In New York the legislature early undertook to overrule the common law conflicts rule by adoption of a 'borrowing' statute of limitations which made governing the internal period of limitation of the state of which the defendant was a resident at the time the action accrued.
Through a series of amendments,
this statute has evolved into its present form as a rule of alternate reference: for a cause of action which arises outside the forum either the time limitation of the forum or that of the state where the cause of action arose, is applicable in the case of non-resident plaintiffs, and only the time limitation of the forum in the case of resident plaintiffs. All plaintiffs must surmount the hurdle of the internal period of New York; non-resident plaintiffs must in addition surmount the hurdle of the period prescribed by the state where the cause of action arose. The Erie principle, controlling cases like the instant one where jurisdiction is based on diverse citizenship, requires application in this court of this statutory conflicts rule of choice of law as a constitutional mandate.
Plaintiffs consist of a Rhode Island corporation, individual citizens of California and Rhode Island, and five residents of New York. With respect to the New York residents, only the internal period of New York is applicable; for the others, the New York time limitation, and, in addition, that of the state where the cause of action accrued, govern.
At the outset there are several problems: characterization of plaintiffs' claim; and determination whether or not under any applicable period of limitation the appropriately classified claim is barred. With respect to the second question, there are additional issues: when does the applicable time limitation begin to run; and which one of several varying periods governs. Each separate problem does not merely add to the number of possible resolutions; it multiplies them. When it is realized that no single answer to any question is urged by either side, the magnitude of the geometric progression of possible solutions is manifest. For example, defendant contends that the claim may be viewed in three different perspectives: (1) as one by the bondholders against the Alton itself, forming the basis for a creditor's bill in equity against defendant; (2) as a claim of the Alton against defendant which they, as creditors, pursue by way of such a creditor's bill; and (3) as a claim by plaintiffs directly against defendant for an injury done to their security as bondholders.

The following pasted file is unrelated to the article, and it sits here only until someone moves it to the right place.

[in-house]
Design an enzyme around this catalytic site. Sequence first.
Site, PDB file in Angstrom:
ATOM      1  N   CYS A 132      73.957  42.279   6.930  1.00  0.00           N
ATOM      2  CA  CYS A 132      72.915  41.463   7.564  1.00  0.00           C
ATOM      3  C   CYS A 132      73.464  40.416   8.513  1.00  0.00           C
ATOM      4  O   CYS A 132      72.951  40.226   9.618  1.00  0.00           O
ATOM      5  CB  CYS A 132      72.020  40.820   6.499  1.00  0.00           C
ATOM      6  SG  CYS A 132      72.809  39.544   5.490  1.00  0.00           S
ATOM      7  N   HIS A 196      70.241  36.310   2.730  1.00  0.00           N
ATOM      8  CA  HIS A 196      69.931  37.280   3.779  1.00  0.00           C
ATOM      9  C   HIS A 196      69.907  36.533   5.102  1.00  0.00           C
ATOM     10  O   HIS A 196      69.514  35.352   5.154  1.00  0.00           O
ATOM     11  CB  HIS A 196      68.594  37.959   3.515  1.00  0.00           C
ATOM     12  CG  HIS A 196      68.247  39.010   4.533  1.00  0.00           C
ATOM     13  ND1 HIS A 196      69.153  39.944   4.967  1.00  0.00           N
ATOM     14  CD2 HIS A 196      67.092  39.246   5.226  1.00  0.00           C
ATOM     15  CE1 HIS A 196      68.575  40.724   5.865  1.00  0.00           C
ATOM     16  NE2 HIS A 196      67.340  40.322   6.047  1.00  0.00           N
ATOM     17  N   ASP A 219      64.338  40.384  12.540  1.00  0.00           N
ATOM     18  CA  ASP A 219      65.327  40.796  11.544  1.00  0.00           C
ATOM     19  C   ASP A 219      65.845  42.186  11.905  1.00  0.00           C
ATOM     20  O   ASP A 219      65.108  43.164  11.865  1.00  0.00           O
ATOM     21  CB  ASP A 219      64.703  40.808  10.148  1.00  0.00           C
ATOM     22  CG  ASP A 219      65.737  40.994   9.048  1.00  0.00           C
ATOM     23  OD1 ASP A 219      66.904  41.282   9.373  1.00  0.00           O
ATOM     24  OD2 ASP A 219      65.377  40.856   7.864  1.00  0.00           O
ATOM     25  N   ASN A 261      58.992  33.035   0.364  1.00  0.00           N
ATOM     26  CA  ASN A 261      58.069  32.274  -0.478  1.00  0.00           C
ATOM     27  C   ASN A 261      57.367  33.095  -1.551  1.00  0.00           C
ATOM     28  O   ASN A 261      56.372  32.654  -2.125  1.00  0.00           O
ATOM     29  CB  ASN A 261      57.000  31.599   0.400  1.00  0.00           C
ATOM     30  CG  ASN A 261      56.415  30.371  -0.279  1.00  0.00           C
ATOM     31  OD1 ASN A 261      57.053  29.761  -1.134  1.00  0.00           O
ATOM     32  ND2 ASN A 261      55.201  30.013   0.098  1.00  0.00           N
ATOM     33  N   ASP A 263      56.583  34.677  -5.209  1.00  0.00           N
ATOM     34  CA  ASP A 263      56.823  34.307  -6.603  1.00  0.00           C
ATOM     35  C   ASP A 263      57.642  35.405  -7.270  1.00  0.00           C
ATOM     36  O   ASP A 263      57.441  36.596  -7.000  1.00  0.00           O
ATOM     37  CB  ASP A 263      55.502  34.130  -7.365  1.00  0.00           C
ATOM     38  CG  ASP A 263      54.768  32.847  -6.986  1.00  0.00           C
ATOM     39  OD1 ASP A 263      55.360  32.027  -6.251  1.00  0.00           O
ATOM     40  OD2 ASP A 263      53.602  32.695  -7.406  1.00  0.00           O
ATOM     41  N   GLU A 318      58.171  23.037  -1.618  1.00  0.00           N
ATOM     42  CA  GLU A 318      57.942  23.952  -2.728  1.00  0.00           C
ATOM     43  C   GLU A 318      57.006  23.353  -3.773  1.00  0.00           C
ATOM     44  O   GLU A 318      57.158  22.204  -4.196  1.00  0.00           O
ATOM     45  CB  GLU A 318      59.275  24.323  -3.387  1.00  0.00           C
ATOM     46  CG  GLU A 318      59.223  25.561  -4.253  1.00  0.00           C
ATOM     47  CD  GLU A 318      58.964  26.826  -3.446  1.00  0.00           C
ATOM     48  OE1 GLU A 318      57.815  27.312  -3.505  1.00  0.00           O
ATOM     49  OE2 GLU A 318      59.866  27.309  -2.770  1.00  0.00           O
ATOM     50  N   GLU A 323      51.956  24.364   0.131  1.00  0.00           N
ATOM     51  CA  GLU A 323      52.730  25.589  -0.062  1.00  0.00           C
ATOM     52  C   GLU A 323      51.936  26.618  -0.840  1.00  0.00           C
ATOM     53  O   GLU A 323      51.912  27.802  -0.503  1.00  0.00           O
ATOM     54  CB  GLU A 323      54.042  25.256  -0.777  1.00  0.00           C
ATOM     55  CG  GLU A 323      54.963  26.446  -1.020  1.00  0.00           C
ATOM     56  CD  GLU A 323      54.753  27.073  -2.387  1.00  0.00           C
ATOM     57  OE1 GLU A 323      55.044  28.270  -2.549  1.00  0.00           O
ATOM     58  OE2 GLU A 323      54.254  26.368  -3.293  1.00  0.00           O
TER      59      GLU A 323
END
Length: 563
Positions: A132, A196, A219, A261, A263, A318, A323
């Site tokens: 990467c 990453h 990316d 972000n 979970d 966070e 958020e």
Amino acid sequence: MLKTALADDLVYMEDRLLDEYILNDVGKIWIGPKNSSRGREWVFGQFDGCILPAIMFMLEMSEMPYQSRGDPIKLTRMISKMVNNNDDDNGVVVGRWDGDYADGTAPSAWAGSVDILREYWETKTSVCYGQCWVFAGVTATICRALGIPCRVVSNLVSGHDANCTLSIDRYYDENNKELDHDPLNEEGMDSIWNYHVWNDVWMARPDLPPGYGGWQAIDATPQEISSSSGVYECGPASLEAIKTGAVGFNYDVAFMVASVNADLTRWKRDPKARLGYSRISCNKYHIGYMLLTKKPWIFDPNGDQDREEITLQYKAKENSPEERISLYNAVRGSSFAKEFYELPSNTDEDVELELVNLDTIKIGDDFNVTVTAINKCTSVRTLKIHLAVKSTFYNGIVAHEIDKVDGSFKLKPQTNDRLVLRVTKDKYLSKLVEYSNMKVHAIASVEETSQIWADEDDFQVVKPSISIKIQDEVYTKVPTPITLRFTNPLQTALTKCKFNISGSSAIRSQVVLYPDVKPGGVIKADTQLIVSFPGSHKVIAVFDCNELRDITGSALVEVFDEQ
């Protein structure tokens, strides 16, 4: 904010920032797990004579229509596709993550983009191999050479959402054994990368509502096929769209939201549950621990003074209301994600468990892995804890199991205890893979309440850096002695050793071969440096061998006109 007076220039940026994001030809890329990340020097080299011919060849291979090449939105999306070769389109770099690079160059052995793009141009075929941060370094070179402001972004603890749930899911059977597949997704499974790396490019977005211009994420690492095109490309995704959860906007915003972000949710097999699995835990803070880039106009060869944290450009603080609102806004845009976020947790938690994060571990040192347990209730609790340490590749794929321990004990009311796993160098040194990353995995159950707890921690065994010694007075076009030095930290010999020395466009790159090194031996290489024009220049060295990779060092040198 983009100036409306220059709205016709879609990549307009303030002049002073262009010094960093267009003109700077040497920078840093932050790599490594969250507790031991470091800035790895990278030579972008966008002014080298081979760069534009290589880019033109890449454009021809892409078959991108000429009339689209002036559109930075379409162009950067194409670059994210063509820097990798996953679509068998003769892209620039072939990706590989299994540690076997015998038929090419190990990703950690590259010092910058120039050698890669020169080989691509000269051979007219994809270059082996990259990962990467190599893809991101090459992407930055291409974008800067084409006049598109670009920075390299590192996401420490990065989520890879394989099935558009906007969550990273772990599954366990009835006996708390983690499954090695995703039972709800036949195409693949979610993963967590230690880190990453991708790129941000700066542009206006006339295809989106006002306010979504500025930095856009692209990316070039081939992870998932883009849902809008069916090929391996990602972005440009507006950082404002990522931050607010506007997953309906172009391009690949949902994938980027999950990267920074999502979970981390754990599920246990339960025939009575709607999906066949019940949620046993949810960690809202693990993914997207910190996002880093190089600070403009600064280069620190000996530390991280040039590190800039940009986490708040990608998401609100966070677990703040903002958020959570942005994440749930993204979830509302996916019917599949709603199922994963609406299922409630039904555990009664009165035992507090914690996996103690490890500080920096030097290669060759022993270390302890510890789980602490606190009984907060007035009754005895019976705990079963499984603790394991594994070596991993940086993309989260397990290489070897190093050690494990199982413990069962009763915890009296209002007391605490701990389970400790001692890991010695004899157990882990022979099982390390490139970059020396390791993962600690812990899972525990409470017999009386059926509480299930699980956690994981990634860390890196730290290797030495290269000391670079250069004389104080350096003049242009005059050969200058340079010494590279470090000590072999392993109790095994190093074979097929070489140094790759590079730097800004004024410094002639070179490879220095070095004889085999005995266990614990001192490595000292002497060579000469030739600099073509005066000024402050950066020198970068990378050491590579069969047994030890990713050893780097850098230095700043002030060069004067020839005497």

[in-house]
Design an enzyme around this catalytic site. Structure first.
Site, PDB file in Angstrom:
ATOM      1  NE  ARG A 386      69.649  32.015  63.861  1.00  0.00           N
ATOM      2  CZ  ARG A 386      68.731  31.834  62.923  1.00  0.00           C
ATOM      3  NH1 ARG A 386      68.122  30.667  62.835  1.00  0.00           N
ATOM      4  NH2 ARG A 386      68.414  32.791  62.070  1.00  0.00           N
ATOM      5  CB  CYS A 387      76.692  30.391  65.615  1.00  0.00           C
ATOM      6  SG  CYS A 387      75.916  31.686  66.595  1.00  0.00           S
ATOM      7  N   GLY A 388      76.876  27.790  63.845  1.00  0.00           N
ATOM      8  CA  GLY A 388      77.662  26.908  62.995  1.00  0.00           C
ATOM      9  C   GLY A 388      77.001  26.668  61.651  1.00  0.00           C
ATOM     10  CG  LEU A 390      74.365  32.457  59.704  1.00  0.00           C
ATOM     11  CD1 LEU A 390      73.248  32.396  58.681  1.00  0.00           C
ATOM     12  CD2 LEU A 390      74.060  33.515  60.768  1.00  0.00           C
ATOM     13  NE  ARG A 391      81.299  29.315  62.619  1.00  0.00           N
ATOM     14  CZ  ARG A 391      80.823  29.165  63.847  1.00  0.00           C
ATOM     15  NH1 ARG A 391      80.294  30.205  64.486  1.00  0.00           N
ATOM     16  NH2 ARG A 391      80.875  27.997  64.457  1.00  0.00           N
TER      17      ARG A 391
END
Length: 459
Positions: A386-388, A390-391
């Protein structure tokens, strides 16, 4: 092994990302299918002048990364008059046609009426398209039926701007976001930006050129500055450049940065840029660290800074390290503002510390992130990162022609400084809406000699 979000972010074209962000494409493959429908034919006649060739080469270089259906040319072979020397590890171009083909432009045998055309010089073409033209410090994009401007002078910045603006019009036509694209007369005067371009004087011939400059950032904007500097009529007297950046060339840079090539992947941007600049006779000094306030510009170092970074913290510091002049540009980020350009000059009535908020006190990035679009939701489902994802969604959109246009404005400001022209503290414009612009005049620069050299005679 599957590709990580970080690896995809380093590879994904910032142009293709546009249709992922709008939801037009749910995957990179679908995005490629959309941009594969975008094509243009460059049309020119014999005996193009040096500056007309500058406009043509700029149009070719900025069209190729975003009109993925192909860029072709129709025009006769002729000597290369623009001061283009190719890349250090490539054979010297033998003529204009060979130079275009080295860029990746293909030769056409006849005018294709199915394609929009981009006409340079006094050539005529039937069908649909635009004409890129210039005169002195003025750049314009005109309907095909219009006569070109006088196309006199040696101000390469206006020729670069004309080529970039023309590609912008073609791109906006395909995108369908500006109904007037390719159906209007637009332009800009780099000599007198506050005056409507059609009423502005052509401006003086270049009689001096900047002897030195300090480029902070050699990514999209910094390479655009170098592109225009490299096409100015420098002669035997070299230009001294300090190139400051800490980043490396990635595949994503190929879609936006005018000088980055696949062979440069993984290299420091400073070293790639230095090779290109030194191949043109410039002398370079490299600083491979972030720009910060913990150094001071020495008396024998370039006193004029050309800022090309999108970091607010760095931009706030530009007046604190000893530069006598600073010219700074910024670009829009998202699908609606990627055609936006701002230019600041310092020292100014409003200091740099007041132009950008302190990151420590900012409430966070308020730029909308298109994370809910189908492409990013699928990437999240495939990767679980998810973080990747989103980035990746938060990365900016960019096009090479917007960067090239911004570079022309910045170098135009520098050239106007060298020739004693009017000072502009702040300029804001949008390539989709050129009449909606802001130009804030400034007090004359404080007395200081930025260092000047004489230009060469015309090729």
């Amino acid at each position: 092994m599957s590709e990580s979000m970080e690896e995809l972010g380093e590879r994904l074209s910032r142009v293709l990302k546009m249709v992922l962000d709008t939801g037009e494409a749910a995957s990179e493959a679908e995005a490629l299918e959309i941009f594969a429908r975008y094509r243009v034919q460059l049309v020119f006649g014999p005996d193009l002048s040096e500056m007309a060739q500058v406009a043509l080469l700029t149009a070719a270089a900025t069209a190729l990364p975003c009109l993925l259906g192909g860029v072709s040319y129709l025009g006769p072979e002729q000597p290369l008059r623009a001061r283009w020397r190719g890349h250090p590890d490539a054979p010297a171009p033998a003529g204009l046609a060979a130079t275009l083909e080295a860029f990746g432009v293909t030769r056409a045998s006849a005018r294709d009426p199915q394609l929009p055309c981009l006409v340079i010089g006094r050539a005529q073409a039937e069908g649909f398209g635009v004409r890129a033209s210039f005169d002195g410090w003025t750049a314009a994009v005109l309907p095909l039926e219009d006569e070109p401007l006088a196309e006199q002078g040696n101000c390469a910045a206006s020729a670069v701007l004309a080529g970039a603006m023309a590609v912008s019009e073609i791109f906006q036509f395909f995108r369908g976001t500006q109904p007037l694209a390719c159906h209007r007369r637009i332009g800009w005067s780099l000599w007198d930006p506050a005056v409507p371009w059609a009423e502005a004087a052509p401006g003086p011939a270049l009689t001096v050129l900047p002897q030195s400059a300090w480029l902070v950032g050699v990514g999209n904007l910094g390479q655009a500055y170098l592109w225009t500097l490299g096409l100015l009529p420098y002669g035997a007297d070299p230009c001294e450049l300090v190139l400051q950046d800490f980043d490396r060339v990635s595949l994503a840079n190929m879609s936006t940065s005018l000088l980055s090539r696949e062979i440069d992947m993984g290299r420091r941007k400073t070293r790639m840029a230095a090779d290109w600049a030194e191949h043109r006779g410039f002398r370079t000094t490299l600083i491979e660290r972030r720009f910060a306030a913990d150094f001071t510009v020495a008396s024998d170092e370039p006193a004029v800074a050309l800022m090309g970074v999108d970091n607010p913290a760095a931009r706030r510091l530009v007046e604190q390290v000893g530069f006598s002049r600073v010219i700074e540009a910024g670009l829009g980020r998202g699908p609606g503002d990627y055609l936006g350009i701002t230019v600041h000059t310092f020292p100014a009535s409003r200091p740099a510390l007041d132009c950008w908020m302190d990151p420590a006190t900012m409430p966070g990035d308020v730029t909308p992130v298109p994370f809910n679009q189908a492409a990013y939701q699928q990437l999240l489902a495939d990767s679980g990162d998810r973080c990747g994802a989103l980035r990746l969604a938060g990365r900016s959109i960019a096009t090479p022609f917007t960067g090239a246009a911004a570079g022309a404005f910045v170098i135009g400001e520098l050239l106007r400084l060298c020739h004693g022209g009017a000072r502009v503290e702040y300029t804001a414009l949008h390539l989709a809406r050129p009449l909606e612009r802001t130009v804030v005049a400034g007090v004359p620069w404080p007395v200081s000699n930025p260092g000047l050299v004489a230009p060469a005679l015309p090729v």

Moreover, under defendant's first classification, alternate statutes of limitations are alleged to apply: one of six years relating to actions on bonds secured by a mortgage on real estate,
or another of similar duration governing actions upon contract obligations.
Under defendant's second qualification of the claim, it is urged that two additional periods of limitations in the alternative govern: the three year statute applicable to actions to recover damages for injury to property;
or a six year one for actions by a corporation against a former shareholder.
Defendant's third characterization would bar so much of the claim relating to acts prior to May 6, 1942, under still another limitation, the ten year equity statute.
For their part plaintiffs insist that their claim is an 'old-fashioned creditor's suit recognized by Courts of Equity almost from the beginning of equity jurisprudence.' No statute of limitations, they argue, can begin to run until judgment on plaintiffs' claims in the bankruptcy proceedings on May 31, 1947, less than five years before commencement of the present action. Moreover, plaintiffs contend that no period of limitation shorter than six years is applicable, and actually the ten year equity statute running from 1947 is most appropriate.
The first major problem is the characterization, classification or qualification of plaintiffs' claim for purposes of time limitation. The juridical nature of plaintiffs' claim must be ascertained. Such characterization must be made under the Erie principle in accordance with the body of law in the conflicts area of the state in which this court sits. There is no indication that such classification varies between the body of law for conflict and that for internal purposes in New York. Accordingly, the qualification of plaintiffs' claim must proceed largely on decisional law in New York in non-conflict situations.